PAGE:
Van Hooff, M. L. M., & Van Hooft, E. A. J. (2014). Boredom at work: Proximal and distal consequences of affective work-related boredom. Journal of Occupational Health Psychology, 19, 348-359.

Van Hooff, M.L.M., & Van  Hooft, E. A. J. (in press). Work-related boredom and depressed mood from a daily perspective: The moderating role of work centrality and need satisfaction. Work & Stress.                  

Van Hooft, E. A. J., & Noordzij, G. (2009). The effects of goal orientation on job search and reemployment: a field experiment among unemployed job seekers. Journal of Applied Psychology, 94, 1581.                

Wanberg, C. R., Zhu, J., & Van Hooft, E. A. J. (2010). The job search grind: Perceived progress, self-reactions, and self-regulation of search effort. Academy of Management Journal, 53, 788-807.

Happy and healthy employees

Workload and new ways of working and organizing have an impact on employee health, well-being, and motivation. How can organizations boost work engagement of their employees? What can employees themselves do to stay engaged at work and to prevent burnout? In our research we focus on psychosocial working conditions, such as job demands (e.g. workload, job insecurity) and job resources (e.g. leadership, support, autonomy), as well as personal resources, proactive strategies and behaviors, which may affect employee functioning and well-being. The aim being that these aspects may help employees to adapt to changes and increase perceived person-job fit, work engagement and performance. Particularly, we study the effectiveness of strategies such as job crafting and job crafting interventions, as well as mindfulness and mindfulness interventions at work.

Van den Heuvel, M.,  Demerouti, E., & Bakker, A. B. (2014). How psychological resources facilitate adaptation to organizational change. European Journal of Work and Organizational Psychology, 23, 847-858.

Van den Heuvel, M.,  Demerouti, E., Bakker, A. B., & Schaufeli, W. B. (2013). Adapting to change: The value of change information and meaning-making. Journal of Vocational Behavior, 83, 11-21.

Aging at work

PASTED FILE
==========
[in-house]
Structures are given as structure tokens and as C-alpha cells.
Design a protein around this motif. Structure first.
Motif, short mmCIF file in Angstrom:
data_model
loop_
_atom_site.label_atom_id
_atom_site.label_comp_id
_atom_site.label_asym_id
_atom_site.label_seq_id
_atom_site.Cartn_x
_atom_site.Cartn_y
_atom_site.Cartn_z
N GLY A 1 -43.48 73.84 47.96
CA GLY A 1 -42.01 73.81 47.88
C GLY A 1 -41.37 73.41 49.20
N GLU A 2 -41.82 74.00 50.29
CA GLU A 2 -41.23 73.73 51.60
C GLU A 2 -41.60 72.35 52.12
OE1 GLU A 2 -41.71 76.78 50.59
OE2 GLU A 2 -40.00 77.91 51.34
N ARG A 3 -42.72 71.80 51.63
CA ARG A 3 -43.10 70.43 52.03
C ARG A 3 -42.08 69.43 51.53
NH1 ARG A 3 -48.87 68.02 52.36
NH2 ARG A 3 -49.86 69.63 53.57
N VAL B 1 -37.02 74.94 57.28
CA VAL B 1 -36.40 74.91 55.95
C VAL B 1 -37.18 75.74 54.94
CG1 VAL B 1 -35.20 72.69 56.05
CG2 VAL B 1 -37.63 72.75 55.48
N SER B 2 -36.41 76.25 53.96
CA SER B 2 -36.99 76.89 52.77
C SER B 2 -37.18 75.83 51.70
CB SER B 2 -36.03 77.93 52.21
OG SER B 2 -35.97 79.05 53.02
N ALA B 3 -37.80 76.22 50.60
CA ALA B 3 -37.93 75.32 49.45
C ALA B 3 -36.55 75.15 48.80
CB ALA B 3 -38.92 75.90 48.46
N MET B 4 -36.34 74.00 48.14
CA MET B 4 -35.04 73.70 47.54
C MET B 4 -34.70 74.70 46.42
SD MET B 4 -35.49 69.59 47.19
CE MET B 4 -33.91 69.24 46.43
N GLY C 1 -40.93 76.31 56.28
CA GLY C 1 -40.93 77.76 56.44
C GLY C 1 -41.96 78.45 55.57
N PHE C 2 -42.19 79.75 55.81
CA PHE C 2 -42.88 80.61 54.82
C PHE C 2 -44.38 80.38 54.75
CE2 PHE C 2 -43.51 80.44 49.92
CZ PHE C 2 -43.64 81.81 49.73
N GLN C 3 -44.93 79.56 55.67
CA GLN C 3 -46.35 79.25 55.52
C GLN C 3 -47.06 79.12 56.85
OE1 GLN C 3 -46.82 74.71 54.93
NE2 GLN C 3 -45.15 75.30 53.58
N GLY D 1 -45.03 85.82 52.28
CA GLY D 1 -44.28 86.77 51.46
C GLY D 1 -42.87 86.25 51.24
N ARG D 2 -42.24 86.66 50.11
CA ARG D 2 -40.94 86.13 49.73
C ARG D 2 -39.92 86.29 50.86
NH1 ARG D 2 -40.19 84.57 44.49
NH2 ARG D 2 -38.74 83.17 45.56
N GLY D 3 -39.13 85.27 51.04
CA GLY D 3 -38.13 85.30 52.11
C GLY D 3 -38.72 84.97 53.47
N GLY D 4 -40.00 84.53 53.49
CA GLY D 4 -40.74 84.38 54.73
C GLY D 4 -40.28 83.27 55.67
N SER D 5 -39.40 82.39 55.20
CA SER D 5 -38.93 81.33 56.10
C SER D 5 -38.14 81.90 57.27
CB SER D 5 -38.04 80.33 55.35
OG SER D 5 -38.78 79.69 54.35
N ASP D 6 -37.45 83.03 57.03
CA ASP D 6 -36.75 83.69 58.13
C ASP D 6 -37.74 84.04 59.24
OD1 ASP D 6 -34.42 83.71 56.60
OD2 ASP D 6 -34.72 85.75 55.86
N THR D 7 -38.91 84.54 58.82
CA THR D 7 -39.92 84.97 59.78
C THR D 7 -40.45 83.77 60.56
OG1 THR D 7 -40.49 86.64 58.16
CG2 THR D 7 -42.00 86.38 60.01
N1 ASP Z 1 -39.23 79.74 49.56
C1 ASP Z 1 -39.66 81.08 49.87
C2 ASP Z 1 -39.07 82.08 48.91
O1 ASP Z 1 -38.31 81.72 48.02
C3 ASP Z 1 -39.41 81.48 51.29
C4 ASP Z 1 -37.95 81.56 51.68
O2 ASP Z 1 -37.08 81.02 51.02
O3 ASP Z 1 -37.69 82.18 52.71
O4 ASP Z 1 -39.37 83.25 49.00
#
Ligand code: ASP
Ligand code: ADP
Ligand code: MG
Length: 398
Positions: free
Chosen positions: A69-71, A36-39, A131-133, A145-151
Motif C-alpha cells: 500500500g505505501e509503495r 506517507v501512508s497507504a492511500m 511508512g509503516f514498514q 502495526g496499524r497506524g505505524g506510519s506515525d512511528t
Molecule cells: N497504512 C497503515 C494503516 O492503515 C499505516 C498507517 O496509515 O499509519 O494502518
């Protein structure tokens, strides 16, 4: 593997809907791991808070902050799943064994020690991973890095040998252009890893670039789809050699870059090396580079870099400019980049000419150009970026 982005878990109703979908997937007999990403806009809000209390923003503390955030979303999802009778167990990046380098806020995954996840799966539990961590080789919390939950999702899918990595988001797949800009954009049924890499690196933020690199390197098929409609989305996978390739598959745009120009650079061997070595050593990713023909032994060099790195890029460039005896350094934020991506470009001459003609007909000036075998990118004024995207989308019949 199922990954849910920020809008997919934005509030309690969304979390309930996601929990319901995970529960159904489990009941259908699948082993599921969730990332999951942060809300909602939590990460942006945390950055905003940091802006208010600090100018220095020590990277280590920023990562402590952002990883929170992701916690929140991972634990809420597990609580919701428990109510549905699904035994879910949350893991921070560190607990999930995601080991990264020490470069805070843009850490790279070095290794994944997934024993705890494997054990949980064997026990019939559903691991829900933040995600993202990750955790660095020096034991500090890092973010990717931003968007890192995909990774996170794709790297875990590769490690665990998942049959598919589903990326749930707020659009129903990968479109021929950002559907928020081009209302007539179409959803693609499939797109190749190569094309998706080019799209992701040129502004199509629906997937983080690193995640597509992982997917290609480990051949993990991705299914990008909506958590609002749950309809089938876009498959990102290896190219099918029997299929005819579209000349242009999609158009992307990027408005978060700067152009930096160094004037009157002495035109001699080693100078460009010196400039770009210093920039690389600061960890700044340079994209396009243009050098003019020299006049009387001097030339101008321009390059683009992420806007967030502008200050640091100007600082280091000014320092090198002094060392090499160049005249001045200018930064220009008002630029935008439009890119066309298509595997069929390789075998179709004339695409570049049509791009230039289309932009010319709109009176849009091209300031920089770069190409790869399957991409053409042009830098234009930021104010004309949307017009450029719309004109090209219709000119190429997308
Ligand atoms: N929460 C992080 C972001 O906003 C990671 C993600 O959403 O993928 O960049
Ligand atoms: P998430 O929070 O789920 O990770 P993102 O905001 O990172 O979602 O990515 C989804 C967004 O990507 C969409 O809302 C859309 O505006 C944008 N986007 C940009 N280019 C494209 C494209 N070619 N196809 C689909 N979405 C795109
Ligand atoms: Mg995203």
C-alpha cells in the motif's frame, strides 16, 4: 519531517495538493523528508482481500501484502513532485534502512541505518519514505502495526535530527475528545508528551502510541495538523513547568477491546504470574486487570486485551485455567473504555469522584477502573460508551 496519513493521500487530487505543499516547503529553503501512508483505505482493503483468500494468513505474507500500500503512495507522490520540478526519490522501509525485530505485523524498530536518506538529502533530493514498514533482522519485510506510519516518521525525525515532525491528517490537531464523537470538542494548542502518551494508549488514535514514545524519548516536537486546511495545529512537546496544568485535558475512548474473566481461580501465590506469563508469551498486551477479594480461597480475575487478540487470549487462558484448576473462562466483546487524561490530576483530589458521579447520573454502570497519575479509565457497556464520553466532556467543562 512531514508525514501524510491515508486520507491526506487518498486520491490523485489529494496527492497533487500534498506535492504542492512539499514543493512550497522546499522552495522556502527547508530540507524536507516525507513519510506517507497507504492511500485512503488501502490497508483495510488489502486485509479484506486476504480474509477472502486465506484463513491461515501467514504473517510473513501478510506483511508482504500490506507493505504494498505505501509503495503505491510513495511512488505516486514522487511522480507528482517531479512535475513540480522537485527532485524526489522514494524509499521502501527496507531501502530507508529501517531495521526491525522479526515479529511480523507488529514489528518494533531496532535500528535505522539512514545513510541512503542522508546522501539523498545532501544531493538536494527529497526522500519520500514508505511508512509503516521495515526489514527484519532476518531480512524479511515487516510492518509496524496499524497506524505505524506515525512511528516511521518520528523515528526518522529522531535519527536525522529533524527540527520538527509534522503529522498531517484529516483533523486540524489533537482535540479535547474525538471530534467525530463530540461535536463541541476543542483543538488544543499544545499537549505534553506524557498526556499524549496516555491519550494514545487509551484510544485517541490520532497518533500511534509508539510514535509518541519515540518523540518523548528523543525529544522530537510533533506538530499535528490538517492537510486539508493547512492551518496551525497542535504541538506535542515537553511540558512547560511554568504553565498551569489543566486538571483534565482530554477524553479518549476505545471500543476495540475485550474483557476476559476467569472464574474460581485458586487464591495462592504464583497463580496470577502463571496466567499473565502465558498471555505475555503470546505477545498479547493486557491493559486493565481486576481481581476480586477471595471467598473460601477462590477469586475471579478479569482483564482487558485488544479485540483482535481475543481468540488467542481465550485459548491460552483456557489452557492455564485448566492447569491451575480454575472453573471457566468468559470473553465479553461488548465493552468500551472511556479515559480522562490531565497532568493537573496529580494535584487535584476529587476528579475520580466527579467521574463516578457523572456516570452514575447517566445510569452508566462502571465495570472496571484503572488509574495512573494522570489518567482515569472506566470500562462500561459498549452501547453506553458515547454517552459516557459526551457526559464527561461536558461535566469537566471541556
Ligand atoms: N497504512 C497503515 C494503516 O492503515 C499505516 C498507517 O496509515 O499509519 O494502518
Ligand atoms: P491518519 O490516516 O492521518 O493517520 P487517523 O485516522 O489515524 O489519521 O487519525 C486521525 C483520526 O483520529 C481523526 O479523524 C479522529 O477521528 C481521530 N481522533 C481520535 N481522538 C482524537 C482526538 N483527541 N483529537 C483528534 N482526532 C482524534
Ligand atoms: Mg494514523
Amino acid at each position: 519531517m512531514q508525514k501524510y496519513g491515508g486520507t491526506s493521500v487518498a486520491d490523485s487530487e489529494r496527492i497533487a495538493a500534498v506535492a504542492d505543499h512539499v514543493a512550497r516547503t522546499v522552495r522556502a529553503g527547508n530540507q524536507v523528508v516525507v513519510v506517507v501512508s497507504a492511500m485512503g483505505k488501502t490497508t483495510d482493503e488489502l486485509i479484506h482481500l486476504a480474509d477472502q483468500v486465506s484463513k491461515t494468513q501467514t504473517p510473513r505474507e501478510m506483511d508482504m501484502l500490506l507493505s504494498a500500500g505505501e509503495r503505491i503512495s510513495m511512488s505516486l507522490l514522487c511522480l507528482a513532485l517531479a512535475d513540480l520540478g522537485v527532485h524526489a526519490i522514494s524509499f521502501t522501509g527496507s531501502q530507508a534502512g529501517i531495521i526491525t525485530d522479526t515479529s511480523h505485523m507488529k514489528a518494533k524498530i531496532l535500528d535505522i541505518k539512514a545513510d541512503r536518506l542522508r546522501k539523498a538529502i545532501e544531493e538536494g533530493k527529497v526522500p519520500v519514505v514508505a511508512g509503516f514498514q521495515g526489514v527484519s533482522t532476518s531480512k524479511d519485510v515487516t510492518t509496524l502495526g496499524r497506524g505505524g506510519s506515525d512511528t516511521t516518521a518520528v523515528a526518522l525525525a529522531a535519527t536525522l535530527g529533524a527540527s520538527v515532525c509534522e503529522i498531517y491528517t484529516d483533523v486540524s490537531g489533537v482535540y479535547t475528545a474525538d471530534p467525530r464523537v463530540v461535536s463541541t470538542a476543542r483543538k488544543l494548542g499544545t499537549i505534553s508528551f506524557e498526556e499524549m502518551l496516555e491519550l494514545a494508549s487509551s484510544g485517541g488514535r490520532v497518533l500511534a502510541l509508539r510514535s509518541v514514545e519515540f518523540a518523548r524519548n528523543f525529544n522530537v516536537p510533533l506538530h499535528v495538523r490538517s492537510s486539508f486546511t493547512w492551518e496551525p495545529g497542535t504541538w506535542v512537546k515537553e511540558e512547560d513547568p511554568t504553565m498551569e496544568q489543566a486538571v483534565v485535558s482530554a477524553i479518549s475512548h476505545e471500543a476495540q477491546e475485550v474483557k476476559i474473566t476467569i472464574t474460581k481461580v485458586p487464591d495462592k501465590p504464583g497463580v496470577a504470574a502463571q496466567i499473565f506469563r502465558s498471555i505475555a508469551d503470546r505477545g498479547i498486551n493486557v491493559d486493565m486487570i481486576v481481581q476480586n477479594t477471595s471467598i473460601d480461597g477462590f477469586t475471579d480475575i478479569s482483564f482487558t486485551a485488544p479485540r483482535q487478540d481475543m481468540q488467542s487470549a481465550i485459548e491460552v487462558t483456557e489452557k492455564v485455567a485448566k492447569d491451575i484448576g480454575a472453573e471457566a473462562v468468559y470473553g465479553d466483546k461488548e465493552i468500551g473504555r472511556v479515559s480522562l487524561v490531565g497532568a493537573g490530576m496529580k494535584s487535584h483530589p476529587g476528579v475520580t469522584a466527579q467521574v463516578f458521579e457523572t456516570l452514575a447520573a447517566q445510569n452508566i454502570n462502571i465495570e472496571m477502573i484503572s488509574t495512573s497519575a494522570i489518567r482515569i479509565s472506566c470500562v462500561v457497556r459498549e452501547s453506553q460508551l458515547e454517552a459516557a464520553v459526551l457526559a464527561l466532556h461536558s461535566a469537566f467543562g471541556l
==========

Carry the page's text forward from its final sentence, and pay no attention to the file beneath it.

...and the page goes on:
The proportion of older employees in the workforce is increasing. Politics and media tend to portray this ‘‘graying’’ as a problem for economic innovation. Furthermore, organizations have concerns about the alleged lower willingness of older workers to adapt to change. Both organizations and employees tend to assume that aging impede learning and development. However, research has shown that older employees vary with regard to their learning attitudes. We examine the extent to which personal and situational factors may impact older employees’ willingness and capacity to adapt to job and organizational changes.

Van Vianen, A. E. M., Dalhoeven, B. A. G. W.,  & De Pater, I. E.  (2011). Aging and training and development willingness: employee and supervisor mindsets. Journal of Organizational Behavior, 32, 226-247.

Dalhoeven, B. A. G. W., Van Vianen, A. E. M., & De Pater, I. E. (2014). Waarover praten zij? Het functioneringsgesprek met oudere en jongere medewerkers over ontwikkeling en comfort. Gedrag en Organisatie, 27, 241-268.

Dalhoeven, B. A. G. W., Van Vianen, A. E. M., & De Pater, I. E. (in druk). De leerervaringen en ontwikkelbereidheid van (oudere) medewerkers na een functioneringsgesprek en reorganisatie. Gedrag en Organisatie.

Faculty working on Managing Jobs and Careers: Jessie Koen, Machteld van den Heuvel, Edwin van Hooft, and Annelies van Vianen

PhD students: Loes Kreemers